TSLOTO 100.0 2 0 0 0 0 0

TSLOT15 100.0 0 3 0 0 0 0

TSLOT30 100.0 0 0 1 0 0 0

TSLOT60 100.0 0 0 0 3 0 0

TSLOT90 100.0 0 0 0 0 1 0

TSLOT120 100.0 0 0 0 0 0 0
















Table 4-7. Jackknifed Classification for Experiment #3--Feature
Orientation.


GROUP PERCENT NUMBER OF CASES CLASSIFIED INTO GROUP-
CORRECT
SLOTO SLOT15 SLOT30 SLOT60 SLOT90 SLOT120



SLOTO 100.0 8 0 0 0 0 0

SLOT15 100.0 0 8 0 0 0 0

SLOT30 100.0 0 0 8 0 0 0

SLOT60 100.0 0 0 0 8 0 0

SLOT90 100.0 0 0 0 0 8 0

SLOT120 100.0 0 0 0 0 0 8



TOTAL 100.0 8 8 8 8 8 8




















OVERLAP OF DIFFERENT GROUPS IS INDICATED BY *
S. . ... .... +...+ ... ... .. . . ... +.... .. ... .. .+ ....+ .... .
90. +





60. +




C -
A -
N 30. + +
0 A -
N 1A
I
C DD
A D4D
L
56F
V 0.0 + EEE 3C +
A CC
R -
I
A -
B -
L
E -
-30. + +
2
B2B



-60. +





-90. +


~ ++...+. . . . ...... .... .... .... -.... .. . ... .... . ... .... ... 4" .... ... ". .... .... .... . .. .- .. .
-63. -45. -27. -9. 0 9. 0 27. 45. 63. 81. 99. 117 135
-54. -36. -18. 0 18. 36. 54. 72. 90. 108 126
CANONICAL VARIABLE 1


Figure 4-3.. Scatter Plot for Observations from Experiment #3.









Experiment #4--Relative Feature Position

Arrangements of two ball bearings were used to demonstrate the

ability to identify the relative position of one ball bearing to an-

other. The second ball bearing was placed either 0.25, 0.26, or 0.35

inches behind the reference ball bearing. Thus, the difference in

relative location was as small as 0.01. inches. Three sets of these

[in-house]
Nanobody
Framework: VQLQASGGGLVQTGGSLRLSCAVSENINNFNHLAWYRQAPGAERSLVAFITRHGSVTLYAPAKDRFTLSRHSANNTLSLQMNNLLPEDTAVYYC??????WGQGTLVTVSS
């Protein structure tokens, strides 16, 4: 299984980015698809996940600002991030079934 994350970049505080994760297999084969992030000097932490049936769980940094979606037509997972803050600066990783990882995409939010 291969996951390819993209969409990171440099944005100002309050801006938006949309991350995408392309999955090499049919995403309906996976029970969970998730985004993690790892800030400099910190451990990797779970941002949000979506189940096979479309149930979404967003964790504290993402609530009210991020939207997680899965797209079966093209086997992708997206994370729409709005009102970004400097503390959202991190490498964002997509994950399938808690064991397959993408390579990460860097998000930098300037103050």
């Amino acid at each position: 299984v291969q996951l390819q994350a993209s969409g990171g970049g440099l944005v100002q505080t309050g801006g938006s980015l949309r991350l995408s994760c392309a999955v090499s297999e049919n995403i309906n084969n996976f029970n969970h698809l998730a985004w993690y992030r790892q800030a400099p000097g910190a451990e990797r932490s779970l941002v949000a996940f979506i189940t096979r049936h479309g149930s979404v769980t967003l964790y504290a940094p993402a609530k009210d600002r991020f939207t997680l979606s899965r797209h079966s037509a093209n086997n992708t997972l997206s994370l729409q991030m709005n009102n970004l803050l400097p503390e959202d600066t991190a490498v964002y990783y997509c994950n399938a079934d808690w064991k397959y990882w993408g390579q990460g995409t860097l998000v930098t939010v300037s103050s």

arrangements were tested. Unlike the previous experiments, observations

selected for the design set and the test set were not randomly chosen.

Rather, the observations from the first two sets of arrangements com-

posed the design set, and the observations from the third set constitu-

ted the test set.

Both the classification matrix, Table 4-8, and the jackknifed

classification, Table 4-9, show that 100% of the observations were

correctly classified. The group names indicate the distance between the

ball bearings in thousandths. Figure 4-4 depicts the separability

between the groups for the first two variables in discriminant space.

This experiment demonstrates the ability of the prototype sensor to

accurately discriminate differences in relative position of 0.01 inches.

These results give an indication of the dynamic resolution potential of

this touch sensing approach. The resolution of other tactile sensors is

dicated by the fineness of their transducer arrays. The demonstrated

dynamic resolution of this prototype is comparable, or superior, to the

resolution reported for other sensors and sensor concepts (Bejczy, 1980;

Briot, 1979; Nevill and Davis, 1984).


Experiment #5--Changes in Speed

For this experiment, the angular speed of the turntable was changed

from 33 1/3 to 45 rpm. One set of arrangements from Experiment #4 were